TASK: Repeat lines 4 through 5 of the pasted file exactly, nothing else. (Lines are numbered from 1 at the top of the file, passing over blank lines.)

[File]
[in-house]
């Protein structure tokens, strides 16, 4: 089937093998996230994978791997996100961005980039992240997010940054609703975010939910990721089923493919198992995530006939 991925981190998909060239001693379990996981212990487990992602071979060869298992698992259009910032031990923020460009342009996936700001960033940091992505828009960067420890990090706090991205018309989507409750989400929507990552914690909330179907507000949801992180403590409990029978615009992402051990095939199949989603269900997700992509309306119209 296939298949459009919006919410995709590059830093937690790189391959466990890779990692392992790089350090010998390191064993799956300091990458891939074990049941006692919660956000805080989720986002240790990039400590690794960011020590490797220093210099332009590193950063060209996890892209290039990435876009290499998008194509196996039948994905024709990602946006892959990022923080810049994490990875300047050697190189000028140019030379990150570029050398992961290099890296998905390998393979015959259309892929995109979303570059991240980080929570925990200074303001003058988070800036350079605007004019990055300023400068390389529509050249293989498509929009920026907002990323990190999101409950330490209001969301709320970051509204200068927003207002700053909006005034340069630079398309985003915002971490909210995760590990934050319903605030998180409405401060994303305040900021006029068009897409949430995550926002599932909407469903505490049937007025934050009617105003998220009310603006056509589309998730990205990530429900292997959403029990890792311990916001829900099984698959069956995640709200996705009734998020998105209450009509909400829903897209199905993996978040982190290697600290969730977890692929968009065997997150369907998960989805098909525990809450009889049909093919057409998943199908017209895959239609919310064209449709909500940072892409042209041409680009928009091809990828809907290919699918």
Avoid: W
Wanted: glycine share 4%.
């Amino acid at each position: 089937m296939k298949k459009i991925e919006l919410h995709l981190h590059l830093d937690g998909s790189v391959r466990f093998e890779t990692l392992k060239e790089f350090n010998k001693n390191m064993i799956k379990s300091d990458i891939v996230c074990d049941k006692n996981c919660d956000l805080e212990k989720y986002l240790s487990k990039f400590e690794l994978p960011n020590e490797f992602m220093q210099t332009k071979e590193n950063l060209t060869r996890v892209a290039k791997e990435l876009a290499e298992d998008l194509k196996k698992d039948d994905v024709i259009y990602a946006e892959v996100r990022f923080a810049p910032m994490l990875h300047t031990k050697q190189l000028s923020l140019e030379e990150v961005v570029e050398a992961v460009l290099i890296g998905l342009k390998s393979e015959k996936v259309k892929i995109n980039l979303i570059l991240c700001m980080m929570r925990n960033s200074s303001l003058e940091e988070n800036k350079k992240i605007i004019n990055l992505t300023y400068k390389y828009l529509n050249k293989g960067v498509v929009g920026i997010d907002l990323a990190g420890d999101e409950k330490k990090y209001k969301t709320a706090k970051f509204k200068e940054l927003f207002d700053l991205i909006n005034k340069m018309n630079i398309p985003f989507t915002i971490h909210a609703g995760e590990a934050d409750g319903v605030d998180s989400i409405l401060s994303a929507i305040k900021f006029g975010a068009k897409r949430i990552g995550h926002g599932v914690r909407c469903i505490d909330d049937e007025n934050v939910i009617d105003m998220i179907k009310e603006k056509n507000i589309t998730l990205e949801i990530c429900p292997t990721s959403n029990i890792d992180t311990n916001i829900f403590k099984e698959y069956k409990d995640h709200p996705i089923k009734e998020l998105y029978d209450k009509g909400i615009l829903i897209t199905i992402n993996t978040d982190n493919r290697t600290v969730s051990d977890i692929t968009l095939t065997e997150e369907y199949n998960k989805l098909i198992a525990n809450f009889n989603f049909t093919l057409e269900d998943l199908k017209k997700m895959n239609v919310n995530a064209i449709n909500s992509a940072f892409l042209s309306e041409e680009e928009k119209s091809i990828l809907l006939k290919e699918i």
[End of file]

Wanted: glycine share 4%.
């Amino acid at each position: 089937m296939k298949k459009i991925e919006l919410h995709l981190h590059l830093d937690g998909s790189v391959r466990f093998e890779t990692l392992k060239e790089f350090n010998k001693n390191m064993i799956k379990s300091d990458i891939v996230c074990d049941k006692n996981c919660d956000l805080e212990k989720y986002l240790s487990k990039f400590e690794l994978p960011n020590e490797f992602m220093q210099t332009k071979e590193n950063l060209t060869r996890v892209a290039k791997e990435l876009a290499e298992d998008l194509k196996k698992d039948d994905v024709i259009y990602a946006e892959v996100r990022f923080a810049p910032m994490l990875h300047t031990k050697q190189l000028s923020l140019e030379e990150v961005v570029e050398a992961v460009l290099i890296g998905l342009k390998s393979e015959k996936v259309k892929i995109n980039l979303i570059l991240c700001m980080m929570r925990n960033s200074s303001l003058e940091e988070n800036k350079k992240i605007i004019n990055l992505t300023y400068k390389y828009l529509n050249k293989g960067v498509v929009g920026i997010d907002l990323a990190g420890d999101e409950k330490k990090y209001k969301t709320a706090k970051f509204k200068e940054l927003f207002d700053l991205i909006n005034k340069m018309n630079i398309p985003f989507t915002i971490h909210a609703g995760e590990a934050d409750g319903v605030d998180s989400i409405l401060s994303a929507i305040k900021f006029g975010a068009k897409r949430i990552g995550h926002g599932v914690r909407c469903i505490d909330d049937e007025n934050v939910i009617d105003m998220i179907k009310e603006k056509n507000i589309t998730l990205e949801i990530c429900p292997t990721s959403n029990i890792d992180t311990n916001i829900f403590k099984e698959y069956k409990d995640h709200p996705i089923k009734e998020l998105y029978d209450k009509g909400i615009l829903i897209t199905i992402n993996t978040d982190n493919r290697t600290v969730s051990d977890i692929t968009l095939t065997e997150e369907y199949n998960k989805l098909i198992a525990n809450f009889n989603f049909t093919l057409e269900d998943l199908k017209k997700m895959n239609v919310n995530a064209i449709n909500s992509a940072f892409l042209s309306e041409e680009e928009k119209s091809i990828l809907l006939k290919e699918i």